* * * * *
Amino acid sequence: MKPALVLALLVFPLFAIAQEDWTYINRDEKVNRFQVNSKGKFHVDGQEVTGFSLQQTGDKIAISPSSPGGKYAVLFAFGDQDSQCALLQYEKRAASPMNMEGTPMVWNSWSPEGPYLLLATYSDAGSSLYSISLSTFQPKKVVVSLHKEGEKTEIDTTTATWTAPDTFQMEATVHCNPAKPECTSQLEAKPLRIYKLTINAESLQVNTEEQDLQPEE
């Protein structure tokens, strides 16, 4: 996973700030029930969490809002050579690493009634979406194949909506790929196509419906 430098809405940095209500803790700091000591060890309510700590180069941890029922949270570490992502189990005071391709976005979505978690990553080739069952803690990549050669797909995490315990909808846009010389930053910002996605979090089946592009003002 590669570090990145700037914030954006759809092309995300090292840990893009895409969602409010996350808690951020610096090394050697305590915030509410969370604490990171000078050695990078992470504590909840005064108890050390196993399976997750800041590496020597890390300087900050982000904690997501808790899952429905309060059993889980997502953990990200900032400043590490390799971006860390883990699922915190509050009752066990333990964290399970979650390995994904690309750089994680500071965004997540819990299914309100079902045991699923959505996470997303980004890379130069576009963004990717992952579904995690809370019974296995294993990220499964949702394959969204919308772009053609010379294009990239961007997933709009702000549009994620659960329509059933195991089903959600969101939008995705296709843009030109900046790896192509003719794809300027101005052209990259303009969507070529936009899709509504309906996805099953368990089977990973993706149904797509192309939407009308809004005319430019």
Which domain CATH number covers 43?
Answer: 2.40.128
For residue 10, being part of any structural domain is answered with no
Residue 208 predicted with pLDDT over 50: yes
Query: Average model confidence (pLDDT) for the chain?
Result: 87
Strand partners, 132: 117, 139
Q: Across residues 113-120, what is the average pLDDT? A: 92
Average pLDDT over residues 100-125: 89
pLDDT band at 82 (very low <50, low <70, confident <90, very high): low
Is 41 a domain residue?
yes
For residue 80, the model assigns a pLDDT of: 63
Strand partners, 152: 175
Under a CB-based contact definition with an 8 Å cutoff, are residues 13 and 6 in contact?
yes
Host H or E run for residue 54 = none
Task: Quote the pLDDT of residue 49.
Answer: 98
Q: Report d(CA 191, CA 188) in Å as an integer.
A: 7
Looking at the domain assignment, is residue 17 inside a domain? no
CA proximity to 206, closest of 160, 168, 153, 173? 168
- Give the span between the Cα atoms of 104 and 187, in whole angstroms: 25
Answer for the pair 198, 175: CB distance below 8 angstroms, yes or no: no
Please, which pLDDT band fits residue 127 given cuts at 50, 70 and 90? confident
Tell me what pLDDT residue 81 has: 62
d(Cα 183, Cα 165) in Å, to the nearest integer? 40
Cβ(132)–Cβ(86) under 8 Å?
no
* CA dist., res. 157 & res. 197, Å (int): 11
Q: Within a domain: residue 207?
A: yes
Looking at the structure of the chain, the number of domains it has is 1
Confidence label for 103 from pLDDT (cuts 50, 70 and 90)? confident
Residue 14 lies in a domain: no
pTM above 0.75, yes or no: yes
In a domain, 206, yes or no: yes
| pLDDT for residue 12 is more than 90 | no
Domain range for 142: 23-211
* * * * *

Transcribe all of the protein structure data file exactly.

Amino acid sequence: MKPALVLALLVFPLFAIAQEDWTYINRDEKVNRFQVNSKGKFHVDGQEVTGFSLQQTGDKIAISPSSPGGKYAVLFAFGDQDSQCALLQYEKRAASPMNMEGTPMVWNSWSPEGPYLLLATYSDAGSSLYSISLSTFQPKKVVVSLHKEGEKTEIDTTTATWTAPDTFQMEATVHCNPAKPECTSQLEAKPLRIYKLTINAESLQVNTEEQDLQPEE
């Protein structure tokens, strides 16, 4: 996973700030029930969490809002050579690493009634979406194949909506790929196509419906 430098809405940095209500803790700091000591060890309510700590180069941890029922949270570490992502189990005071391709976005979505978690990553080739069952803690990549050669797909995490315990909808846009010389930053910002996605979090089946592009003002 590669570090990145700037914030954006759809092309995300090292840990893009895409969602409010996350808690951020610096090394050697305590915030509410969370604490990171000078050695990078992470504590909840005064108890050390196993399976997750800041590496020597890390300087900050982000904690997501808790899952429905309060059993889980997502953990990200900032400043590490390799971006860390883990699922915190509050009752066990333990964290399970979650390995994904690309750089994680500071965004997540819990299914309100079902045991699923959505996470997303980004890379130069576009963004990717992952579904995690809370019974296995294993990220499964949702394959969204919308772009053609010379294009990239961007997933709009702000549009994620659960329509059933195991089903959600969101939008995705296709843009030109900046790896192509003719794809300027101005052209990259303009969507070529936009899709509504309906996805099953368990089977990973993706149904797509192309939407009308809004005319430019």
Which domain CATH number covers 43?
Answer: 2.40.128
For residue 10, being part of any structural domain is answered with no
Residue 208 predicted with pLDDT over 50: yes
Query: Average model confidence (pLDDT) for the chain?
Result: 87
Strand partners, 132: 117, 139
Q: Across residues 113-120, what is the average pLDDT? A: 92
Average pLDDT over residues 100-125: 89
pLDDT band at 82 (very low <50, low <70, confident <90, very high): low
Is 41 a domain residue?
yes
For residue 80, the model assigns a pLDDT of: 63
Strand partners, 152: 175
Under a CB-based contact definition with an 8 Å cutoff, are residues 13 and 6 in contact?
yes
Host H or E run for residue 54 = none
Task: Quote the pLDDT of residue 49.
Answer: 98
Q: Report d(CA 191, CA 188) in Å as an integer.
A: 7
Looking at the domain assignment, is residue 17 inside a domain? no
CA proximity to 206, closest of 160, 168, 153, 173? 168
- Give the span between the Cα atoms of 104 and 187, in whole angstroms: 25
Answer for the pair 198, 175: CB distance below 8 angstroms, yes or no: no
Please, which pLDDT band fits residue 127 given cuts at 50, 70 and 90? confident
Tell me what pLDDT residue 81 has: 62
d(Cα 183, Cα 165) in Å, to the nearest integer? 40
Cβ(132)–Cβ(86) under 8 Å?
no
* CA dist., res. 157 & res. 197, Å (int): 11
Q: Within a domain: residue 207?
A: yes
Looking at the structure of the chain, the number of domains it has is 1
Confidence label for 103 from pLDDT (cuts 50, 70 and 90)? confident
Residue 14 lies in a domain: no
pTM above 0.75, yes or no: yes
In a domain, 206, yes or no: yes
| pLDDT for residue 12 is more than 90 | no
Domain range for 142: 23-211